By Jeff Budlong, Inside Iowa State
When the pandemic forced ISU Extension and Outreach to close offices last spring and cancel most in-person meetings, it impacted connections with Iowans across the state.
Instead of pulling back, extension found new ways to reach its audience and draw in others along the way.
"We started using social media, podcasts and even radio to reach people with educational information," said vice president for ISU Extension and Outreach John Lawrence. "It is more than just Zoom or Webex, it's a portfolio of ways we reach people in addition to in-person."
Extension had the advantage of previous relationships with its audience, and its affiliation with Iowa State guided people to virtual offerings.
"They will follow us on social media and they will tune in to watch a webinar even though they may not like Zoom. Because it's the same entomologist they would have driven 60 miles to hear because they trust them," Lawrence said.
For all the virtual education extension offers, it will not totally replace the in-person experience, Lawrence said.
"It's about the relationships," he said. "Our staff likes to help people and most are extroverts. Those personal connections and trust can be generational."
Extension provided numerous opportunities for people to interact virtually in recent months.
Spring's crop scouting school was held virtually for the first time and drew 560 participants, up from about 30 for in-person events. People from multiple states and Canada took part.
The beef team conducted an 11-part series on controlling cow costs on Facebook that had more than 1,500 views. Iowa Learning Farms had 11 virtual field days with 2,300 participants, and August's research farm field days had 1,058 participants from nine states.
One of the biggest challenges of going virtual with field days was traveling to each field site to record video for a presentation. Extension tapped into employees' talents to get drone footage of the fields, supplemented with data slides to aid presentations.
"From day one of the pandemic, it has been how fast can we get technology in people's hands," said program services coordinator for ag and natural resources Brent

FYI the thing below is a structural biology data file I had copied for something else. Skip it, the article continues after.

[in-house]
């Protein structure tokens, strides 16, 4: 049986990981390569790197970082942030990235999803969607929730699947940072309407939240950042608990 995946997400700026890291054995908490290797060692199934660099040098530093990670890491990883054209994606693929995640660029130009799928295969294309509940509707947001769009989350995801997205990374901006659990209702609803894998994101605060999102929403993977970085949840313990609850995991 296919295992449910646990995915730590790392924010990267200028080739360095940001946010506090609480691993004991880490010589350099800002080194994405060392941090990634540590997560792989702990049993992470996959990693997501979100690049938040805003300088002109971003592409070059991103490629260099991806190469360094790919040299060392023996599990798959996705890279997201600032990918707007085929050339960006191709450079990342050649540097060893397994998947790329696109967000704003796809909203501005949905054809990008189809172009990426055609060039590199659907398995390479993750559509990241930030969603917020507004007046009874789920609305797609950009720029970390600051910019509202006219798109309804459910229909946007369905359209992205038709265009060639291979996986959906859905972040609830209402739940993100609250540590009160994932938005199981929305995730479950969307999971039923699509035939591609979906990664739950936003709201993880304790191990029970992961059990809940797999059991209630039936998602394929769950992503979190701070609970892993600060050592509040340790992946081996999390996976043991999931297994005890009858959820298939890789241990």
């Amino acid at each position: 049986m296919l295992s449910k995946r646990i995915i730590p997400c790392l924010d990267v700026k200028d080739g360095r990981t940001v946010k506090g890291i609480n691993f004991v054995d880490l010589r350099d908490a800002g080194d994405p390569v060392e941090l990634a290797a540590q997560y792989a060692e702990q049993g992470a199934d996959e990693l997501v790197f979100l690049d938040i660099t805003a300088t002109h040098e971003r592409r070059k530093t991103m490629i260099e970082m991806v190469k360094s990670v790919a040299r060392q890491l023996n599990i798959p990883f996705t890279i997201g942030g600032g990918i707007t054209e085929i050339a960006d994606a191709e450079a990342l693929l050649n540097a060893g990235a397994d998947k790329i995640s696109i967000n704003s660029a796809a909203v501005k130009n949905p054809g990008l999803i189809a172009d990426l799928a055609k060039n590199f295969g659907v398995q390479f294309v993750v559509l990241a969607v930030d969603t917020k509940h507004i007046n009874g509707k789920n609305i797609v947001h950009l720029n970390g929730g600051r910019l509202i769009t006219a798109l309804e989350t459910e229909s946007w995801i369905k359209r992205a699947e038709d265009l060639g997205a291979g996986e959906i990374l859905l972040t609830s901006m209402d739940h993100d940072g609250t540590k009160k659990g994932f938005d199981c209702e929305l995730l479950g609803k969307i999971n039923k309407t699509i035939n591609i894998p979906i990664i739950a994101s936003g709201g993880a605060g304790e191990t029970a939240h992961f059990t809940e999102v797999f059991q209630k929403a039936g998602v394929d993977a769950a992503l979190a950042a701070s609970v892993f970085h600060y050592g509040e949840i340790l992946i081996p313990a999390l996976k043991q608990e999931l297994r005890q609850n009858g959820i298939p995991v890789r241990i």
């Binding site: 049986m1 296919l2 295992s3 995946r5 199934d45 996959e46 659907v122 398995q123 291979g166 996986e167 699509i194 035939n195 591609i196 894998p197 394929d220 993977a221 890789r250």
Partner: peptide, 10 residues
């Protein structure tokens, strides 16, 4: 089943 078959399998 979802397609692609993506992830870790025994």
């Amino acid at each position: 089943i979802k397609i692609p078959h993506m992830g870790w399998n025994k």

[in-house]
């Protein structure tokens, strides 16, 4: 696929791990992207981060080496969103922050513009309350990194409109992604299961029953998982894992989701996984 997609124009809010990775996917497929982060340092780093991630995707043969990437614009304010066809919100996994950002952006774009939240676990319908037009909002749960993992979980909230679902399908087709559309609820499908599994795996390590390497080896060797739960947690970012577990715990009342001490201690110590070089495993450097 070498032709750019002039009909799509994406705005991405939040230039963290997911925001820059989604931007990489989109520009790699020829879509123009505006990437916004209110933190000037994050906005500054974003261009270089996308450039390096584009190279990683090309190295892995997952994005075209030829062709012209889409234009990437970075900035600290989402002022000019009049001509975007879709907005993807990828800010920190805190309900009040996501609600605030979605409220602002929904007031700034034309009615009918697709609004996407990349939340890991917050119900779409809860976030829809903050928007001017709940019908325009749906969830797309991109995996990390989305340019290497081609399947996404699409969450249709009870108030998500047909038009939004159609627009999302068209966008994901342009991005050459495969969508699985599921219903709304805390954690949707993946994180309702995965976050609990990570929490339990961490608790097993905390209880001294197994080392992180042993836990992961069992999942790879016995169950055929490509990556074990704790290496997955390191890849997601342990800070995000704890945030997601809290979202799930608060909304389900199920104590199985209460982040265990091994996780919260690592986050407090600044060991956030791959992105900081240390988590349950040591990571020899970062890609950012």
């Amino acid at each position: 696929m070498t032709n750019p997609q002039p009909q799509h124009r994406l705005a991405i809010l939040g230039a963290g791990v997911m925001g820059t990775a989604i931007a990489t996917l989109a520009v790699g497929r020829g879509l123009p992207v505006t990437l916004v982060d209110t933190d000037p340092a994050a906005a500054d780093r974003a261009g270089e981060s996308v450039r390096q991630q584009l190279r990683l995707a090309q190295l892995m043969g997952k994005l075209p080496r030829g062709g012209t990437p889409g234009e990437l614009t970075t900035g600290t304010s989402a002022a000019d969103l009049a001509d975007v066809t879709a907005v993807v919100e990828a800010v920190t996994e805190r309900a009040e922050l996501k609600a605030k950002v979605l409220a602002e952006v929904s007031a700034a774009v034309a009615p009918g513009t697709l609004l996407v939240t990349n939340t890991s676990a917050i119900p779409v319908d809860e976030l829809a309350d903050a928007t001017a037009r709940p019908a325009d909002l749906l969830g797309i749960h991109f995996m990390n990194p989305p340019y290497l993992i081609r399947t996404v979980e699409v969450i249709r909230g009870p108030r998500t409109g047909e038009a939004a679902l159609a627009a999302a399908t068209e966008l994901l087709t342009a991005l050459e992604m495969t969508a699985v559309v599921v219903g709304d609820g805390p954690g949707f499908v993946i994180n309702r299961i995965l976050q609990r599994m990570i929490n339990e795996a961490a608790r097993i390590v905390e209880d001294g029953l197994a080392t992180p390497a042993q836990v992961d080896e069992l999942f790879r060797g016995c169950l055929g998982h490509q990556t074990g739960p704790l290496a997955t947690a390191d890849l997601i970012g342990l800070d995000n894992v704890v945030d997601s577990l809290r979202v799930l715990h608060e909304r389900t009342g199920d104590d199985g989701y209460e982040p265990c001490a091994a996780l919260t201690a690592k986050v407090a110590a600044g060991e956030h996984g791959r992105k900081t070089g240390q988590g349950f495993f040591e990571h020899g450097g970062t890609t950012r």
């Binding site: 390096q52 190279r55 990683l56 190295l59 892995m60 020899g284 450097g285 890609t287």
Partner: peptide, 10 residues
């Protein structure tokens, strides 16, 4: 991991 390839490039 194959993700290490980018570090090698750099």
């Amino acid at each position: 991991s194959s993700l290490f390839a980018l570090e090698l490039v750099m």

Extension also made its experts available to a larger audience with its Facebook Live Q&A sessions beginning in May. The events are live but can be seen through archives, allowing viewers to take in the information on their schedule.
It allows extension to reach a new generation of younger people more likely to consume information on their phone or tablet than walk into their local extension office.
"In a virtual world there are no boundaries," Lawrence said. "Going forward we will look where Iowa State may have particular strengths and has a national audience to engage. Conversely, are there things we are not particularly strong in where we may partner with other state extensions to deliver programing?"
Lawrence said extension benefited from starting early with virtual offerings, and quality will be key to keep the audience.
"Early on we had a lot of grace, but as we move on it probably needs to be better quality and branding," he said. "There was a lot of learning from each other and not just in Iowa, but seeing what other states were trying to do."
That is why extension unveiled CropsTV on Dec. 1. It provides crop production information directly to farmers and agribusinesses at the viewers' convenience. Forty-five topics will be delivered over the course of 10 weeks and can be viewed live or on-demand anywhere there is an internet connection. It has a one-time payment of $45 to help offset the loss of the crop management conference and the crop advantage series, which draw thousands of participants.
"It is an important part of our budget with revenue generation," Lawrence said. "It provides continuing ag credits that our audience needs, and provides us a test run of something with a professional look."
Lawrence also sees the possibility of something similar to CropsTV for community development, human sciences and 4-H.
Virtual education task force
To examine the work done in the transition to virtual education, Lawrence formed the Virtual Education Task Force. The 17 members of the task force assessed extension's response and programing while dealing with COVID-19, and reported successes and areas where more work is needed.
"We wanted to see what was and wasn't working well, and in the short-term shared those ideas," he said. "We all realize that when we go back to normal, it won't be the old normal."
Extension will continue to work on improving its delivery methods, virtual program and responsiveness going forward.
Read the series
Learn more about ISU’s pandemic response in a collection of stories highlighting some of the hard work, dedication and collaboration across campus.